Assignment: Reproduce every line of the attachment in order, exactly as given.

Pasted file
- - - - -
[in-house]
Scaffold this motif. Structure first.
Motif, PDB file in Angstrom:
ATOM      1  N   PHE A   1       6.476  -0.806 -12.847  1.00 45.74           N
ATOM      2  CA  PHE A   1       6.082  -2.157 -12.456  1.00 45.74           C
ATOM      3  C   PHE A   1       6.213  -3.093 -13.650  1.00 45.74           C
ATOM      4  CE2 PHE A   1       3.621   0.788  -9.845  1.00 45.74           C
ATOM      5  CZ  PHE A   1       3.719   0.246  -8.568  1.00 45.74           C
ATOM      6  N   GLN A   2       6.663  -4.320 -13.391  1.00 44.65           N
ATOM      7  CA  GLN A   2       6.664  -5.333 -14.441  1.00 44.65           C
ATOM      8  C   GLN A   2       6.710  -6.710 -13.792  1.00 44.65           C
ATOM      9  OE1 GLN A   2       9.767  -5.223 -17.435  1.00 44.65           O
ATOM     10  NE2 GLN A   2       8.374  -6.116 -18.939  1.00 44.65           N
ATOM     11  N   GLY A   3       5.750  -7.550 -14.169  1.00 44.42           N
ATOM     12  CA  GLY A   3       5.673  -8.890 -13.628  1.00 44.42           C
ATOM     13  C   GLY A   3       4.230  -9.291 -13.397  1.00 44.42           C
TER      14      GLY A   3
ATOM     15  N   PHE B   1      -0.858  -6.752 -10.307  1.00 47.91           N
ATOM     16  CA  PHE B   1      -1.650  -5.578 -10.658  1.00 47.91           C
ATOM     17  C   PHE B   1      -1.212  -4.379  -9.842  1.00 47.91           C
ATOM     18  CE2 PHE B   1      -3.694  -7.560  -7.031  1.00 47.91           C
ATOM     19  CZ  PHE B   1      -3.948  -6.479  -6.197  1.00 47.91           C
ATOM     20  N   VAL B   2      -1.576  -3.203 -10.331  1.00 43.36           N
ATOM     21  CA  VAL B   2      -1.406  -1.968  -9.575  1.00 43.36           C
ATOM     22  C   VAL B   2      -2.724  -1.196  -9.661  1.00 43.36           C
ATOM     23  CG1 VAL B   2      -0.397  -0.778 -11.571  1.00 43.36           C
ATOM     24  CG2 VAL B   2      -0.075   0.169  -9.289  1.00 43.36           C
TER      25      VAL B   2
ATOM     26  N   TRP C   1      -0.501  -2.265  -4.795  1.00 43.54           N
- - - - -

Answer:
[in-house]
Scaffold this motif. Structure first.
Motif, PDB file in Angstrom:
ATOM      1  N   PHE A   1       6.476  -0.806 -12.847  1.00 45.74           N
ATOM      2  CA  PHE A   1       6.082  -2.157 -12.456  1.00 45.74           C
ATOM      3  C   PHE A   1       6.213  -3.093 -13.650  1.00 45.74           C
ATOM      4  CE2 PHE A   1       3.621   0.788  -9.845  1.00 45.74           C
ATOM      5  CZ  PHE A   1       3.719   0.246  -8.568  1.00 45.74           C
ATOM      6  N   GLN A   2       6.663  -4.320 -13.391  1.00 44.65           N
ATOM      7  CA  GLN A   2       6.664  -5.333 -14.441  1.00 44.65           C
ATOM      8  C   GLN A   2       6.710  -6.710 -13.792  1.00 44.65           C
ATOM      9  OE1 GLN A   2       9.767  -5.223 -17.435  1.00 44.65           O
ATOM     10  NE2 GLN A   2       8.374  -6.116 -18.939  1.00 44.65           N
ATOM     11  N   GLY A   3       5.750  -7.550 -14.169  1.00 44.42           N
ATOM     12  CA  GLY A   3       5.673  -8.890 -13.628  1.00 44.42           C
ATOM     13  C   GLY A   3       4.230  -9.291 -13.397  1.00 44.42           C
TER      14      GLY A   3
ATOM     15  N   PHE B   1      -0.858  -6.752 -10.307  1.00 47.91           N
ATOM     16  CA  PHE B   1      -1.650  -5.578 -10.658  1.00 47.91           C
ATOM     17  C   PHE B   1      -1.212  -4.379  -9.842  1.00 47.91           C
ATOM     18  CE2 PHE B   1      -3.694  -7.560  -7.031  1.00 47.91           C
ATOM     19  CZ  PHE B   1      -3.948  -6.479  -6.197  1.00 47.91           C
ATOM     20  N   VAL B   2      -1.576  -3.203 -10.331  1.00 43.36           N
ATOM     21  CA  VAL B   2      -1.406  -1.968  -9.575  1.00 43.36           C
ATOM     22  C   VAL B   2      -2.724  -1.196  -9.661  1.00 43.36           C
ATOM     23  CG1 VAL B   2      -0.397  -0.778 -11.571  1.00 43.36           C
ATOM     24  CG2 VAL B   2      -0.075   0.169  -9.289  1.00 43.36           C
TER      25      VAL B   2
ATOM     26  N   TRP C   1      -0.501  -2.265  -4.795  1.00 43.54           N